Mixed denomination marriages

We had a reader that asked us a question about “mixed marriages”, meaning marrying someone of a different denomination. I qualify to answer this question since my husband and I were as opposite as night and day. I grew up in the Catholic church and he grew up in the Baptist church. I don’t know where I got the idea when I was growing up, but I always thought of the Baptist religion as the “Anti-Catholic”. I could NEVER imagine myself going to a Baptist church.

When I met my husband, I had a revelation from God that this was the man he intended for me to marry. We had only known each other for 2 weeks. He knew when we first met; it took me 2 weeks more! Even though I was a fairly new Christian, I felt that God was telling me that this was the one. And this is where our adventure began.

The first thing we had to do was decide on where we were getting married. It was our first opportunity to make a compromise, so that our wedding was a combination of both of our beliefs and experiences. The Lutheran church (Missouri Synod) was similar enough to Catholicism to me, and he thought it was Protestant enough for him, so that is where we got married.

Now when DH and I were considering churches, we tried many churches. We went to a mass together at a Catholic church, and he didn’t like it at all. I was pretty sure that I wouldn’t be comfortable in a Baptist church. We started looking for a middle ground that we both would feel comfortable in. We wanted to choose a church that we could raise our children in as a family. In the first four years of our marriage, we tried several Lutheran churches (Missouri Synod), and finally settled in a nondenominational Bible church. We were there for 10 years. Now…guess what? We left the Bible church and are now enjoying a Baptist church. It is very similar to the Bible church we attended for so long, but not actually a traditional Southern Baptist church.

I think there are several things that you need to consider when considering marriage. First of all, God calls us to be equally yoked. By this, God tells us not to be yoked to an unbeliever. (2 Corinthians 6:14-15) Now there are some marriages that have worked out this way…Lee Strobel and his wife, Leslie are examples, but in this case, Lee DID become a Christian after an extensive and exhaustive investigation into the evidence of Christ, but it wasn’t without its trials and tribulations along the way. This isn’t going to work in all marriages. Don’t enter into a marriage thinking you can change your spouse’s mind about religion. It doesn’t always work out the way we want it to. Remember, the only person you can change is yourself. You don’t have control over change in your spouse. Secondly, I highly recommend premarital counseling. This counseling can really help with all areas of your future marriage. It helps you to think through things that will affect your marriage that maybe you haven’t thought about. Sometimes before we get married, we are so in love, we can’t see through the feelings of the moment to think about issues that could come up later in our marriage; religion and where you will attend church is one of those issues. Lastly, since my husband and I were both believers, we didn’t compromise our beliefs, but compromised on the church body where we felt that we could worship God together, raise our children and feel like it was our “home”. Some of you may have decided to attend the wife’s church or the husband’s church. If it works for you, that’s great. If there is a comfort level involved though, I feel it is important to look for a church where you both can worship together. My comfort level was really tested when DH and I looked for a church, but in the end, we spent 10 years in a church that my Dad thought made me a “bible thumper”, but my relationship with God blossomed there. It honored God that we, as a couple and as a family, decided to make it a priority to find a church body where we could grow as a couple and where we could raise our children to know Him.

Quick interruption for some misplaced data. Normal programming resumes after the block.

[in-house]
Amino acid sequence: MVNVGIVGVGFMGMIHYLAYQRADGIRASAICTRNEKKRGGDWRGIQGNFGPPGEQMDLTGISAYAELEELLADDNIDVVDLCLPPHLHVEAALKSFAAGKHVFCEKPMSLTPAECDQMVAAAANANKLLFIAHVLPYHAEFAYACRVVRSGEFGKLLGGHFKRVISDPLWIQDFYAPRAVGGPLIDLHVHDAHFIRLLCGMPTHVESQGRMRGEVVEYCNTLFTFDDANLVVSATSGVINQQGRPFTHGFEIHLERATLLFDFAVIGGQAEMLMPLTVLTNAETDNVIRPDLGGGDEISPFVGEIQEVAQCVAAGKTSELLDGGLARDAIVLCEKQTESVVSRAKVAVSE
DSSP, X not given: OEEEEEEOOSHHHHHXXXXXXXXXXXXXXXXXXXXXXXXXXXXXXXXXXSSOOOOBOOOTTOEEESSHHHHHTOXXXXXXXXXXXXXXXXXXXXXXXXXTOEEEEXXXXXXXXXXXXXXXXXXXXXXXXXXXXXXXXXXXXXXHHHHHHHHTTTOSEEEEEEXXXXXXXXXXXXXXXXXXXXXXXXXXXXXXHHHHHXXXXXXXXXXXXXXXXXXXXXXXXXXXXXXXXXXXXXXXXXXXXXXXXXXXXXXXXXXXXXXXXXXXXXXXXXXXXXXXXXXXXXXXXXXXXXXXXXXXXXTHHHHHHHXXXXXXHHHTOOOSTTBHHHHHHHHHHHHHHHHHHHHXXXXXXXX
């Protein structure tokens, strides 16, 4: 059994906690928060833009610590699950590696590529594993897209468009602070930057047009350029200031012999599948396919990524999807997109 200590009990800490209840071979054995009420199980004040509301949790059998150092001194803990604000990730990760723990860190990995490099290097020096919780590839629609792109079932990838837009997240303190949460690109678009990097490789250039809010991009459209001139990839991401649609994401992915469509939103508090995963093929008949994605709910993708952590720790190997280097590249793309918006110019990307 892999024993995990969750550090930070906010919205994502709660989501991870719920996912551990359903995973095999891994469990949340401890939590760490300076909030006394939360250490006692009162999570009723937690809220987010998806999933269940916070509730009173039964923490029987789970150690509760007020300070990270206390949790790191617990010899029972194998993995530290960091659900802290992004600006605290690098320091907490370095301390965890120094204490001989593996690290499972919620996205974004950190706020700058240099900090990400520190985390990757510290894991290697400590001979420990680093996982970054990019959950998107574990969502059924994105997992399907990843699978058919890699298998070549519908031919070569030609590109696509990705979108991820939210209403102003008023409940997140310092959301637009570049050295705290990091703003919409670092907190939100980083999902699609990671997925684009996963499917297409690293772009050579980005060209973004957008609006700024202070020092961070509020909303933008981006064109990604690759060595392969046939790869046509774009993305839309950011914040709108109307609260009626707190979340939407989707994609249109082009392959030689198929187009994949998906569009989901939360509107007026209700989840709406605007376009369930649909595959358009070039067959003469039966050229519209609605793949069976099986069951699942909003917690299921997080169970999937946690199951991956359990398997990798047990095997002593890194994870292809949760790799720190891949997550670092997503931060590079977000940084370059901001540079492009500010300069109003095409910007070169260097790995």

Where should you choose? That is totally up to you, your spouse and God. I would take it in prayer to God. Listen for God’s guidance. He could lead you to any denomination. He could lead you to a church that is nondenominational. He could lead you to a home church. If you are very staunchly rooted in your religion, whatever it may be, and you would never compromise on your religion, it wouldn’t be wise to marry someone outside of your religion. I have seen for myself the results of this in my own parents. Prayerfully consider what God has planned for you and your spouse. He would never lead you wrong!

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